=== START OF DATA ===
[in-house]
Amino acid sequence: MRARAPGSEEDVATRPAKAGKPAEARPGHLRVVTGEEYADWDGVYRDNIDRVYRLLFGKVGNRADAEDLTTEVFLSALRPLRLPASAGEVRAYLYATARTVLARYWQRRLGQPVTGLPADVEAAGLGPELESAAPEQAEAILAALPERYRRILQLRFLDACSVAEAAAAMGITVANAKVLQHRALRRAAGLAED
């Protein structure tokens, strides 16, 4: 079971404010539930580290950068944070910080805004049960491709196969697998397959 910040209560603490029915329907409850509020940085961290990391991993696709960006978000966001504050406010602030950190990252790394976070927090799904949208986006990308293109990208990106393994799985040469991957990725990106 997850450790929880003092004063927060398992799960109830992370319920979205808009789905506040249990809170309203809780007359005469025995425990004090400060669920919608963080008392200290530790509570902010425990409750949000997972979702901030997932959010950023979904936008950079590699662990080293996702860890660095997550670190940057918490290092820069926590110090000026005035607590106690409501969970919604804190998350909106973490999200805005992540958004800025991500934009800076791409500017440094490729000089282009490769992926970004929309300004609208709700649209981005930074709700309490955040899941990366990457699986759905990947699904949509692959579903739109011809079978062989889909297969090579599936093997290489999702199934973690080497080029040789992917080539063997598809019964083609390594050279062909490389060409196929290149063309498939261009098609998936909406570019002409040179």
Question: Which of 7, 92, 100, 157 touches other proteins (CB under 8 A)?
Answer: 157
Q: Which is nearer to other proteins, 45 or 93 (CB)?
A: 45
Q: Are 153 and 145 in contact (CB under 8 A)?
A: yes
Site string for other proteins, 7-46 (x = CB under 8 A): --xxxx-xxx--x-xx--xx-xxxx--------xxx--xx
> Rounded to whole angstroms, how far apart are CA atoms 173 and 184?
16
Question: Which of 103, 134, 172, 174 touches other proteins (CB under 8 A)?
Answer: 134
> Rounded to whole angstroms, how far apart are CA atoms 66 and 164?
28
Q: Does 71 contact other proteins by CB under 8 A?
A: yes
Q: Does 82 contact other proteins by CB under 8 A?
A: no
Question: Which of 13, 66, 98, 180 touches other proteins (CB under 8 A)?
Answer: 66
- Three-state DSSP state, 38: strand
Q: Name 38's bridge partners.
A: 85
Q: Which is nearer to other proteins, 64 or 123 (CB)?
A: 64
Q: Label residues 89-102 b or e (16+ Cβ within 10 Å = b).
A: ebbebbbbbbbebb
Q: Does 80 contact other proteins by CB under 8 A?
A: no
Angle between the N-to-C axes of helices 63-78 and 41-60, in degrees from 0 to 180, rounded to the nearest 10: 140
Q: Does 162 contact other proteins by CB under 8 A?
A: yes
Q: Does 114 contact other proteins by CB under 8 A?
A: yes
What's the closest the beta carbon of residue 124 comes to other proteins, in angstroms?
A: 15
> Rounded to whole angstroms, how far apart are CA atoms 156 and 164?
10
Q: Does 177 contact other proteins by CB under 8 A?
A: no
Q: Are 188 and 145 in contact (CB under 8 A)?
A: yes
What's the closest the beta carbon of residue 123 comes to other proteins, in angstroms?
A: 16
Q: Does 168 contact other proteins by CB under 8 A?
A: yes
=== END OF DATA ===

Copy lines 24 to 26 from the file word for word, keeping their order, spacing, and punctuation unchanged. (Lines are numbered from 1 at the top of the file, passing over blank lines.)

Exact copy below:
Q: Name 38's bridge partners.
A: 85
Q: Which is nearer to other proteins, 64 or 123 (CB)?